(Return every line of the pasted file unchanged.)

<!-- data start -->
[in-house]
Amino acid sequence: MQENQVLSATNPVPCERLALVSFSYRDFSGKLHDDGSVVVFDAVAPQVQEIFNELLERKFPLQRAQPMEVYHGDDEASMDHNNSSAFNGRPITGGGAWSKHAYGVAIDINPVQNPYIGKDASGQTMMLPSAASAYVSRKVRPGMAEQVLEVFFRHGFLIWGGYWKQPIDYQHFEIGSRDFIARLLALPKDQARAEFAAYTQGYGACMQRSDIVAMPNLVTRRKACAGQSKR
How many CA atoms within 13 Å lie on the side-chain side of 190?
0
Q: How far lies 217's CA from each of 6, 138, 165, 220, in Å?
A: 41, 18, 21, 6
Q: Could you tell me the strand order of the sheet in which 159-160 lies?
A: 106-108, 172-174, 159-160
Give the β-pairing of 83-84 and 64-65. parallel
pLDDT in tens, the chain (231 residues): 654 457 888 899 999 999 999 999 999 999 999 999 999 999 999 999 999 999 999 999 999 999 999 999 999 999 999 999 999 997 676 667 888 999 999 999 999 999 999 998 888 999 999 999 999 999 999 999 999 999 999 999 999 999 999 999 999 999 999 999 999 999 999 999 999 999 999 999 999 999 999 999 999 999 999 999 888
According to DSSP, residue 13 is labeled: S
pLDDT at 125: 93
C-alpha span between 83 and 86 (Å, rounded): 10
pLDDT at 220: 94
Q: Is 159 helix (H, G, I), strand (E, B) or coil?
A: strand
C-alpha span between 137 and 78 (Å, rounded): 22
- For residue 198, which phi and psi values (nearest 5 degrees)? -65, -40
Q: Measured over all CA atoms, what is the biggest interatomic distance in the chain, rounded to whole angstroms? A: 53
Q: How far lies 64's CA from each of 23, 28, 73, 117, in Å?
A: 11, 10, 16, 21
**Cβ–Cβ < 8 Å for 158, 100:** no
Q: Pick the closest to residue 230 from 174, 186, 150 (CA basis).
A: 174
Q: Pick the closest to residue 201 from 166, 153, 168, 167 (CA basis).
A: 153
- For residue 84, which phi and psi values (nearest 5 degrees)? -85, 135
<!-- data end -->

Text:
[in-house]
Amino acid sequence: MQENQVLSATNPVPCERLALVSFSYRDFSGKLHDDGSVVVFDAVAPQVQEIFNELLERKFPLQRAQPMEVYHGDDEASMDHNNSSAFNGRPITGGGAWSKHAYGVAIDINPVQNPYIGKDASGQTMMLPSAASAYVSRKVRPGMAEQVLEVFFRHGFLIWGGYWKQPIDYQHFEIGSRDFIARLLALPKDQARAEFAAYTQGYGACMQRSDIVAMPNLVTRRKACAGQSKR
How many CA atoms within 13 Å lie on the side-chain side of 190?
0
Q: How far lies 217's CA from each of 6, 138, 165, 220, in Å?
A: 41, 18, 21, 6
Q: Could you tell me the strand order of the sheet in which 159-160 lies?
A: 106-108, 172-174, 159-160
Give the β-pairing of 83-84 and 64-65. parallel
pLDDT in tens, the chain (231 residues): 654 457 888 899 999 999 999 999 999 999 999 999 999 999 999 999 999 999 999 999 999 999 999 999 999 999 999 999 999 997 676 667 888 999 999 999 999 999 999 998 888 999 999 999 999 999 999 999 999 999 999 999 999 999 999 999 999 999 999 999 999 999 999 999 999 999 999 999 999 999 999 999 999 999 999 999 888
According to DSSP, residue 13 is labeled: S
pLDDT at 125: 93
C-alpha span between 83 and 86 (Å, rounded): 10
pLDDT at 220: 94
Q: Is 159 helix (H, G, I), strand (E, B) or coil?
A: strand
C-alpha span between 137 and 78 (Å, rounded): 22
- For residue 198, which phi and psi values (nearest 5 degrees)? -65, -40
Q: Measured over all CA atoms, what is the biggest interatomic distance in the chain, rounded to whole angstroms? A: 53
Q: How far lies 64's CA from each of 23, 28, 73, 117, in Å?
A: 11, 10, 16, 21
**Cβ–Cβ < 8 Å for 158, 100:** no
Q: Pick the closest to residue 230 from 174, 186, 150 (CA basis).
A: 174
Q: Pick the closest to residue 201 from 166, 153, 168, 167 (CA basis).
A: 153
- For residue 84, which phi and psi values (nearest 5 degrees)? -85, 135